When the first members of Gen Y began to join the workforce a few years ago, commentary stirred about the differences between generations of workers. One fact about young professionals was repeated: teens and 20-somethings were crazy for work-life balance.
Now that the economic gloom has persisted for several years, are young people finally being forced to change their tune when it comes to work-life balance?
An Army combat engineer turned advertising executive. A banking executive turned career counselor. A mother of 12, now a communications writer. An Intel engineer turned comedian. These are not your typical career changes.
Here are the inspiring stories and creative strategies these people used to transition into a job they love — without related work experience or education.
Posted in Career Advice, career transition, job search, young professional
Tagged Advice, career advice, career advice for young professionals, career experience, college students, job search, job search advice, young professionals
How is a young professional supposed to compete when everyone has a degree, an impressive internship or three, and a Klout score of 74?
Fear not. Dollars to doughnuts, you have far more valuable skills at your beck and call than you can think of right now. Skills you may not even know you have…
You’ve worked hard on your resume, and you finally networked your way to the right person. This is your chance: you’ve got an interview!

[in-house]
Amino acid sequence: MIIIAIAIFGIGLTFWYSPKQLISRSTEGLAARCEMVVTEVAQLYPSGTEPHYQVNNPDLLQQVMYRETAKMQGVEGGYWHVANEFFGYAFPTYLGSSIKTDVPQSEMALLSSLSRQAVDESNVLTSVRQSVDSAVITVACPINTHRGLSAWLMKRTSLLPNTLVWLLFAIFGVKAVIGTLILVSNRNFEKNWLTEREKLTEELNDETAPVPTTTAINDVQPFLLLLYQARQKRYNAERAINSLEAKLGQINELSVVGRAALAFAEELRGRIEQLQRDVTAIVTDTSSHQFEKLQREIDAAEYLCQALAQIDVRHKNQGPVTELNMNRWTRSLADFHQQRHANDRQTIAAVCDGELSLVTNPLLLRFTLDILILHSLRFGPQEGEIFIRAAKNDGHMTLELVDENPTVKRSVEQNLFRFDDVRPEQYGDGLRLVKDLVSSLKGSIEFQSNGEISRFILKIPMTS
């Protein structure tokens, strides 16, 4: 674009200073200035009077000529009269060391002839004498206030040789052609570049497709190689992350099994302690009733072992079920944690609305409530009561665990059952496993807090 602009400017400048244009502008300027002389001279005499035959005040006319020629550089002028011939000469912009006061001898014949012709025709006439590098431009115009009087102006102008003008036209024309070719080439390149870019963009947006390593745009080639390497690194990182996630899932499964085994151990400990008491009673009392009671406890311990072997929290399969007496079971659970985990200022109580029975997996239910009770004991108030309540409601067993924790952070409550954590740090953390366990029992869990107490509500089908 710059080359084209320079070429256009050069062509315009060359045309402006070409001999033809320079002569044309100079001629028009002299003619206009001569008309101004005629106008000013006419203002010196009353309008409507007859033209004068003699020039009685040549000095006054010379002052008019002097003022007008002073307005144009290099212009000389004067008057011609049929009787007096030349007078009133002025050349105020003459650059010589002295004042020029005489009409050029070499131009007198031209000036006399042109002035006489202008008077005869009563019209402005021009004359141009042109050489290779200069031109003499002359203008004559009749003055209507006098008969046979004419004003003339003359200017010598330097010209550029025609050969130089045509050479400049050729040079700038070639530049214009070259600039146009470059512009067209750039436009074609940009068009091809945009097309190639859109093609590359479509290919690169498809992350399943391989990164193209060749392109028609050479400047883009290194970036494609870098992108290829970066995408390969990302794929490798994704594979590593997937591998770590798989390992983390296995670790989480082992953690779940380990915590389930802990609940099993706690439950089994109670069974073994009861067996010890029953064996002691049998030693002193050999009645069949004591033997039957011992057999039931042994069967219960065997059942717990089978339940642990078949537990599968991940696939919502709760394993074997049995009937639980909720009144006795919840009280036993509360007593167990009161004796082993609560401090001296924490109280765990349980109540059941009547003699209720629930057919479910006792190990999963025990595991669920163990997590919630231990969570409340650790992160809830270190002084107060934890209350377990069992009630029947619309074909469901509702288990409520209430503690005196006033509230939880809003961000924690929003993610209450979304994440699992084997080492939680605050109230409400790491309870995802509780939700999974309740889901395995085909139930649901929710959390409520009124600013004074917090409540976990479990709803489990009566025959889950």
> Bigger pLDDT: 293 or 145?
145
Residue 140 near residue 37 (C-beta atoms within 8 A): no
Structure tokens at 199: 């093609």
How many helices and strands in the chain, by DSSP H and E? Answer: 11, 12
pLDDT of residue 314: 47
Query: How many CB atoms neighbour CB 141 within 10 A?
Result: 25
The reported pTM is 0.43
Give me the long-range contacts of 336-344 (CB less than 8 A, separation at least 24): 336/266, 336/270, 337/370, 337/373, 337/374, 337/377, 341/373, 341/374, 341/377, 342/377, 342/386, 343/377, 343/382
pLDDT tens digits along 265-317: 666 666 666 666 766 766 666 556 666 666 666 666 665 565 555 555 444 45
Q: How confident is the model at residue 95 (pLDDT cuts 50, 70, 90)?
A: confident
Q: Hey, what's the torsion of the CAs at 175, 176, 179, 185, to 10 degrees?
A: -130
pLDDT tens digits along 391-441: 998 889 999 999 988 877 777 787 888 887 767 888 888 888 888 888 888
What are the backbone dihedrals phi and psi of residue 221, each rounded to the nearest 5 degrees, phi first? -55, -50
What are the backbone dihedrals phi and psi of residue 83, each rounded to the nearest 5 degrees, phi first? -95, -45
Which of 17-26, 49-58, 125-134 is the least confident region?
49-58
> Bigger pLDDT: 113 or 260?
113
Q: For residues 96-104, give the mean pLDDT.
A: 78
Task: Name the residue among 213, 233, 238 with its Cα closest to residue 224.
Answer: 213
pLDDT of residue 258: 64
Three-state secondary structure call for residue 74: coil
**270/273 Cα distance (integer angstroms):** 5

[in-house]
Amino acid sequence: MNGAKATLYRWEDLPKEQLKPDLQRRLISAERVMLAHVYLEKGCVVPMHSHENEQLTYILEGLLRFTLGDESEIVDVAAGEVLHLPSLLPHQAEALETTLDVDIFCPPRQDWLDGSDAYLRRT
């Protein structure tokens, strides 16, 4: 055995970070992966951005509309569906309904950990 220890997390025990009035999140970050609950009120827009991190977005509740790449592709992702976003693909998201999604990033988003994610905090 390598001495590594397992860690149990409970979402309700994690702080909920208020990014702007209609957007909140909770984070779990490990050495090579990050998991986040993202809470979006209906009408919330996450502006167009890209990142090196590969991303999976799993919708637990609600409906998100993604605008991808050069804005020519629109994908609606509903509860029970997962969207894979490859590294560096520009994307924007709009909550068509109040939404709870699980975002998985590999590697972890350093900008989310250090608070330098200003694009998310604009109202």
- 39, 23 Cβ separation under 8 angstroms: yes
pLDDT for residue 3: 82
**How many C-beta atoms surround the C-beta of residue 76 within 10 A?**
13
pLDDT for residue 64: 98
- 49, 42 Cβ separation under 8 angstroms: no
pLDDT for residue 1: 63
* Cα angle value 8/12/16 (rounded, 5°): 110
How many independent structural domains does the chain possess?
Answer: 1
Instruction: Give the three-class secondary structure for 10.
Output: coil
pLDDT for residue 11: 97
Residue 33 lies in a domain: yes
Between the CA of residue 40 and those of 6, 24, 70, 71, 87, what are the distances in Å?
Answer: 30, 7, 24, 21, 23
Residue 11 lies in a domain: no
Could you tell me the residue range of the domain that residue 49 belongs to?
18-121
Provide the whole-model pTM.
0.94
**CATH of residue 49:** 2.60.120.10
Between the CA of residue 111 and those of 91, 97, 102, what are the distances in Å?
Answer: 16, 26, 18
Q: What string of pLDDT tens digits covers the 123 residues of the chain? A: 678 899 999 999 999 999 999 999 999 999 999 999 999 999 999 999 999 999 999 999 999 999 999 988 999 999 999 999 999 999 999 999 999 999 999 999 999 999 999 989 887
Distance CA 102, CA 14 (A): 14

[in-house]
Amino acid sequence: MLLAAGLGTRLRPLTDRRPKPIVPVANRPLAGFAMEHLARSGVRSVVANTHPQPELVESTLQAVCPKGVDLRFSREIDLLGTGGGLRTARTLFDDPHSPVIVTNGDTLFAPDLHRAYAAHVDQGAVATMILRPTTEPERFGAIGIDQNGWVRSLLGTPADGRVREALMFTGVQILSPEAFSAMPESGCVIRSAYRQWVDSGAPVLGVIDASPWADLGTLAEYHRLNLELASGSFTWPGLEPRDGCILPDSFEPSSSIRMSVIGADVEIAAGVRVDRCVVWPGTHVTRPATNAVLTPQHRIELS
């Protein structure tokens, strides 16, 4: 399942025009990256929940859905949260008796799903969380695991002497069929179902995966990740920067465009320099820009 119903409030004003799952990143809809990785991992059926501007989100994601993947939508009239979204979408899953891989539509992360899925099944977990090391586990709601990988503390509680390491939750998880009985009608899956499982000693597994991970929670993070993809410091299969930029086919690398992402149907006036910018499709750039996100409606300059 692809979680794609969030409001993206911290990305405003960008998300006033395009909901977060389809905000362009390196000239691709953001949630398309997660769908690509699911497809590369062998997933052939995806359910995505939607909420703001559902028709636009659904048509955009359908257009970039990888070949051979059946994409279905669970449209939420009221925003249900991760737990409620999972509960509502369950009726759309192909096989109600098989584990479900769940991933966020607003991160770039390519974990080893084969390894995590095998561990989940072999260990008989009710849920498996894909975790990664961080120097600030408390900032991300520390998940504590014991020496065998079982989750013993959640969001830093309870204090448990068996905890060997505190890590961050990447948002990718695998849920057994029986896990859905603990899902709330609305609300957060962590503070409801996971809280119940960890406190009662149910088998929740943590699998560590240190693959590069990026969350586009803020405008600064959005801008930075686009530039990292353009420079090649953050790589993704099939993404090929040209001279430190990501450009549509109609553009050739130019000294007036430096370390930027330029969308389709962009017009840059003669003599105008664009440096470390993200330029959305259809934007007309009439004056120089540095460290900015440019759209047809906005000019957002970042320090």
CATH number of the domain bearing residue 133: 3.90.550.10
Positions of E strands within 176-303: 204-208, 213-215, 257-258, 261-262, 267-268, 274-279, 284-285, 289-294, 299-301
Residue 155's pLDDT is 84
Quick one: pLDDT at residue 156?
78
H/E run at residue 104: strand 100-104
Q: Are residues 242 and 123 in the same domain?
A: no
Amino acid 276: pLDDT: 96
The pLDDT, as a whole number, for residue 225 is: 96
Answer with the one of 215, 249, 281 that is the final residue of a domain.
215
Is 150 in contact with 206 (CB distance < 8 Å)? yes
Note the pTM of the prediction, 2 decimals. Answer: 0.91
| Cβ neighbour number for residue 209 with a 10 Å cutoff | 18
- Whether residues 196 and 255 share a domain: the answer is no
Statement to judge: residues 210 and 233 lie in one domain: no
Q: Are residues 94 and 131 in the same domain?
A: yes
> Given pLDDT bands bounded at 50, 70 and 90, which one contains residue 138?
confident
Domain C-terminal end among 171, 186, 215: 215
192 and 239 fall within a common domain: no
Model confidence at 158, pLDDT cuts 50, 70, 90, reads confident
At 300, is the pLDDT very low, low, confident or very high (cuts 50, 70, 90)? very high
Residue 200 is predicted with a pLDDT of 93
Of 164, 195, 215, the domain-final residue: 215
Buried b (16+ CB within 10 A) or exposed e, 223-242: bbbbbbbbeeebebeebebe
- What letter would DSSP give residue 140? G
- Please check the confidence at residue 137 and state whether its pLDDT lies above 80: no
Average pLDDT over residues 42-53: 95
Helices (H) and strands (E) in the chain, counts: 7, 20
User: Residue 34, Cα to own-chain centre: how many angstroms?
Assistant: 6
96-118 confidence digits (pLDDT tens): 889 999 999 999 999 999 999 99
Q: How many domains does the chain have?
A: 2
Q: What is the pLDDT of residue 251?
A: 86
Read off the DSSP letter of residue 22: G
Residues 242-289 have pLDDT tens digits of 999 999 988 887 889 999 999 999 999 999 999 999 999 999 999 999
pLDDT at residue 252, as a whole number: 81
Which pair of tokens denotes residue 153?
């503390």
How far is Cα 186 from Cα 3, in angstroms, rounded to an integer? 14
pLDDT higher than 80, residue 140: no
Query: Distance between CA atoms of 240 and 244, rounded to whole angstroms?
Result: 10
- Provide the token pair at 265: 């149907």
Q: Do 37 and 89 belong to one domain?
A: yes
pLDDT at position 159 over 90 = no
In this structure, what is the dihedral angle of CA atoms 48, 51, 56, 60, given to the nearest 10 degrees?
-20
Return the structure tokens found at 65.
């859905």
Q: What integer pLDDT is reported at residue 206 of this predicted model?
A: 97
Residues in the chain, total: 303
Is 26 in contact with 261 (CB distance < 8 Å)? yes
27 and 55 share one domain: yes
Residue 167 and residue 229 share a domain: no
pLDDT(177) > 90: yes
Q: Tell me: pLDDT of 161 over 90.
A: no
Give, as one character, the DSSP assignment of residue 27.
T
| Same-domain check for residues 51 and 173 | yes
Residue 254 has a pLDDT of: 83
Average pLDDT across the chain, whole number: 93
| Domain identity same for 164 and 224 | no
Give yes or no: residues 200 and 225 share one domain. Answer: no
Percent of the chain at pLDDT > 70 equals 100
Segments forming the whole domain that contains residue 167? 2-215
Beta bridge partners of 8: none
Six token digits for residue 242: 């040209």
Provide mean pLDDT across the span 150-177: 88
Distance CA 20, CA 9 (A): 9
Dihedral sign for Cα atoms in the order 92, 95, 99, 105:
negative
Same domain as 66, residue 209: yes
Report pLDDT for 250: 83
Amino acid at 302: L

What now? Wing it and hope for the best? Google for interview tips—and end up with the same template as everyone else? No, you’re smarter than that—and you need to stand out from the crowd.
Here are 13 tips on how you can do just that… and land your dream job…
If you’re a manager, especially if you’re a new manager, you’ve probably experienced the sensation of people not liking you — but does that mean you’re a terrible manager? Not necessarily.
Here are 13 ways of knowing whether you’re really not a good young manager…
Job searching be much easier if you already knew plenty of colleagues who could tell you if their workplace is awesome — or awful. And put in a good word for you. But you don’t know people at every company… because most of us don’t network as much as we should.
Your challenge: get your foot in the door, get to know the company and get them to know you, without the knuckle-biting stress of an interview. To do that: here’s a networking strategy few people have leveraged… but those who have, know it works…